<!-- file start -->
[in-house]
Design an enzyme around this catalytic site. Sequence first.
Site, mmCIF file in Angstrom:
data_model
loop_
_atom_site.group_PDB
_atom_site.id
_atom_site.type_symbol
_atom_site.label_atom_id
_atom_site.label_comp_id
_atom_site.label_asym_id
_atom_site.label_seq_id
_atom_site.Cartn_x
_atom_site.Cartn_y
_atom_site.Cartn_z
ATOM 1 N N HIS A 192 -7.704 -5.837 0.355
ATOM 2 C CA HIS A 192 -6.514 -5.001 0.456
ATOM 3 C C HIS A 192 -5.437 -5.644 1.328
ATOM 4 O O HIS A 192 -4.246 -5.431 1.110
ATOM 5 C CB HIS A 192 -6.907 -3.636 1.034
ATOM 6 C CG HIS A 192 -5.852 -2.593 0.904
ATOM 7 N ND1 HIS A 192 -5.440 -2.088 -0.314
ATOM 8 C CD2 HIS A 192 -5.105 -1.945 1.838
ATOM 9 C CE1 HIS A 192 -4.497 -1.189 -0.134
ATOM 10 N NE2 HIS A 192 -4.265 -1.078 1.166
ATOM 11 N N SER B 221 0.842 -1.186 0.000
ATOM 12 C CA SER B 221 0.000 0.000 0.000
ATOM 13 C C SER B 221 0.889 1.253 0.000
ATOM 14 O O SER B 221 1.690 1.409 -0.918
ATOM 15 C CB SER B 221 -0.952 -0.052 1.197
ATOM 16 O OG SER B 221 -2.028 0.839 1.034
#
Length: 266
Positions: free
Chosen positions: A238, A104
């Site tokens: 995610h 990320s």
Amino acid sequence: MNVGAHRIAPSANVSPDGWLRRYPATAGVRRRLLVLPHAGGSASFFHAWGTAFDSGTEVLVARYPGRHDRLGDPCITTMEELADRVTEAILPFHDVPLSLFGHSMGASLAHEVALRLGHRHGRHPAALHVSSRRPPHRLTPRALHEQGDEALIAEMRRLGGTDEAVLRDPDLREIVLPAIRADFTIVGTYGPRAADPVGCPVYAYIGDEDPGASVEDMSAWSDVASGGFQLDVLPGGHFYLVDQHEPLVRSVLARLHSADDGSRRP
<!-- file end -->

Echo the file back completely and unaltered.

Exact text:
[in-house]
Design an enzyme around this catalytic site. Sequence first.
Site, mmCIF file in Angstrom:
data_model
loop_
_atom_site.group_PDB
_atom_site.id
_atom_site.type_symbol
_atom_site.label_atom_id
_atom_site.label_comp_id
_atom_site.label_asym_id
_atom_site.label_seq_id
_atom_site.Cartn_x
_atom_site.Cartn_y
_atom_site.Cartn_z
ATOM 1 N N HIS A 192 -7.704 -5.837 0.355
ATOM 2 C CA HIS A 192 -6.514 -5.001 0.456
ATOM 3 C C HIS A 192 -5.437 -5.644 1.328
ATOM 4 O O HIS A 192 -4.246 -5.431 1.110
ATOM 5 C CB HIS A 192 -6.907 -3.636 1.034
ATOM 6 C CG HIS A 192 -5.852 -2.593 0.904
ATOM 7 N ND1 HIS A 192 -5.440 -2.088 -0.314
ATOM 8 C CD2 HIS A 192 -5.105 -1.945 1.838
ATOM 9 C CE1 HIS A 192 -4.497 -1.189 -0.134
ATOM 10 N NE2 HIS A 192 -4.265 -1.078 1.166
ATOM 11 N N SER B 221 0.842 -1.186 0.000
ATOM 12 C CA SER B 221 0.000 0.000 0.000
ATOM 13 C C SER B 221 0.889 1.253 0.000
ATOM 14 O O SER B 221 1.690 1.409 -0.918
ATOM 15 C CB SER B 221 -0.952 -0.052 1.197
ATOM 16 O OG SER B 221 -2.028 0.839 1.034
#
Length: 266
Positions: free
Chosen positions: A238, A104
């Site tokens: 995610h 990320s």
Amino acid sequence: MNVGAHRIAPSANVSPDGWLRRYPATAGVRRRLLVLPHAGGSASFFHAWGTAFDSGTEVLVARYPGRHDRLGDPCITTMEELADRVTEAILPFHDVPLSLFGHSMGASLAHEVALRLGHRHGRHPAALHVSSRRPPHRLTPRALHEQGDEALIAEMRRLGGTDEAVLRDPDLREIVLPAIRADFTIVGTYGPRAADPVGCPVYAYIGDEDPGASVEDMSAWSDVASGGFQLDVLPGGHFYLVDQHEPLVRSVLARLHSADDGSRRP